Numerous advantages and features of the present invention will become readily apparent from the following detailed description of the preferred embodiment of the invention, the drawings and the accompanying claims.
FIG. 1 is a side elevational view of a tractor having a lift arm assembly adjacent a bucket together showing a coupler assembly embodying the present invention;
FIG. 2 is an enlarged side elevational view of the coupler assembly; and
FIG. 3 is a rear elevational view taken generally along plane 3--3 of FIG. 2.
While this invention can be embodied in many different forms, there is shown in the drawing and described in detail, a preferred embodiment of the invention. The present disclosure is to be considered as an exemplification of the principles of the invention and is not intended to limit the invention to the embodiment illustrated.
For ease of description, the coupler assembly embodying this invention will be described in a normal upright operating position and such terms as upper, lower, upwardly, downwardly, will be used with reference to this position. It will be understood, however, that the coupler assembly embodying this invention can be used in an orientation other than the position described.
Referring to the FIGURES, a tractor having a lift arm assembly 12, and commonly referred to as a skid steer loader, is shown adjacent to a work implement, a bucket 14. The present invention, a coupler assembly, can be used with any piece of mechanized equipment having a lift arm assembly and any type of work implement such as a bucket, blade, or fork assembly.
The bucket 14 is provided with an attachment structure 16 which defines at least one and preferably a pair of first, downwardly facing, recesses 18 and at least one and preferably a pair of second, upwardly facing, recesses 22. For ease of description the first recess is identified as the upper recess and the second recess is identified as the lower recess. These terms can be interchanged or replaced by other terms as desired. The first and second recess which can be defined by any suitable opening, open in opposite directions, i.e., one faces downwardly and one faces upwardly. Preferably the recesses open toward each other as shown in FIG. 1.
The first or downward facing recess 18 is preferably defined by a first or upper hook means such as one or more hooks 24 on the upper portion of the bucket 14. The second or upwardly facing recess 22 is preferably defined by at least one, preferably two second or lower hook means such as spaced apart lower hooks 26 on the lower portion of the bucket 14. Alternatively, the recesses can be defined by any suitable structure and opening including an elongated channel structure. As shown, the attachment structure 16 is defined by the four hooks which are preferably welded on the back of the bucket 14.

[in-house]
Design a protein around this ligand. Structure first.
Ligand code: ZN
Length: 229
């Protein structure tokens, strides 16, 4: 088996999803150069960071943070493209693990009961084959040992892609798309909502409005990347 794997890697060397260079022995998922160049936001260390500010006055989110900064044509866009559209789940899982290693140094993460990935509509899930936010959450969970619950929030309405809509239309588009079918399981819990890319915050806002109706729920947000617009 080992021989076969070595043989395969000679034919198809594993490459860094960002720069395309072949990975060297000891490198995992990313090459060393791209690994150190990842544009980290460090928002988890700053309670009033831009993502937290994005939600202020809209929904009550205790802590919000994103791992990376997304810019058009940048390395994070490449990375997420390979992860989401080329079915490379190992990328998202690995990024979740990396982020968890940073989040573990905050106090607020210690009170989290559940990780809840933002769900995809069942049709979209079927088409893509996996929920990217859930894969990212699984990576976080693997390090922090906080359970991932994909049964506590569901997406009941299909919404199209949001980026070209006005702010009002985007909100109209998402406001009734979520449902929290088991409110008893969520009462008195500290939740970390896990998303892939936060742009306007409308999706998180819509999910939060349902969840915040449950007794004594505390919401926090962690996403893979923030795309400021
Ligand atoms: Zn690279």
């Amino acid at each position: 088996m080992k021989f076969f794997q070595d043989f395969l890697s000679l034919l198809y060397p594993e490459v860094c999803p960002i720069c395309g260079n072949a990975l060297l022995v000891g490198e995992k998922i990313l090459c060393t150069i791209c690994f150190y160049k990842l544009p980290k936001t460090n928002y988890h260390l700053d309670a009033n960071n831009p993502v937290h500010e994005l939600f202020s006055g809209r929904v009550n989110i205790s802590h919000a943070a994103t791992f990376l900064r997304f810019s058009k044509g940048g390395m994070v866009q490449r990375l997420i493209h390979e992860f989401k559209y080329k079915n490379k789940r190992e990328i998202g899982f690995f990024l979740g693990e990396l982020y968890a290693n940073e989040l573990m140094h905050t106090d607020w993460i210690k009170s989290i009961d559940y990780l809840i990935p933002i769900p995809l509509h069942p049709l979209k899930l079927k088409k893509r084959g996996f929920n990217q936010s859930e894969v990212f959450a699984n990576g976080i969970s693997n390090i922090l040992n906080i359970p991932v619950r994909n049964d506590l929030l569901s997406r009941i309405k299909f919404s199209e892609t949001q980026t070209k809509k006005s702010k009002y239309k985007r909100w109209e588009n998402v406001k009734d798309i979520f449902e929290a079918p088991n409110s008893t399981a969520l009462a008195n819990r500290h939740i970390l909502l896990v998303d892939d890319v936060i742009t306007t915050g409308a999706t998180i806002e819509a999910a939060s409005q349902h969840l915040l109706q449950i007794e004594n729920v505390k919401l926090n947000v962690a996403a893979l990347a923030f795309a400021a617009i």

The coupler assembly also includes a frame member 32 adapted to be mounted on the lift arm assembly 12. The frame member preferably includes two spaced apart upright channel members 34 which mount on the lift arm assembly 12, and a plate 36 mounted, as by welding, on the channel members. The channel members can be defined by two upright bar members fixed on the plate 36. The channel members 34 and connection means 38 facilitate removably mounting the frame member 32 on lift arm 30 and lift motor 40 of the lift arm assembly 12. The channel members 34, together with the plate 36 also provide structural strength and integrity for mounting with the bucket.
The coupler assembly also includes first or upper latching means such as two upper latch members 42 on the channel members 34 and second or lower latching means including bar means 44. The upper and lower latching means cooperate with the attachment structure 16 and the recesses 18 and 22 to attach the bucket 14 on the frame member 32. The upper latch members 42 are preferably cylindrical and closely fit into the slots or recesses 18. Alternatively, the bar means 44 can be part of the upper latching means.
The bar means 44 includes a central or mounting portion 46 and at least one and preferably two end portions 48 opposite with respect to the central portion. The central or mounting portion is mounted on the frame member 32 as on the central portion of the plate 36. The end portions 48 are adapted to be received by and engage with the lower hooks 26 and the upwardly facing recesses 22. The lower hooks 26 preferably have an elongated slot configuration and a rounded end 28 to guide the bar into the recess.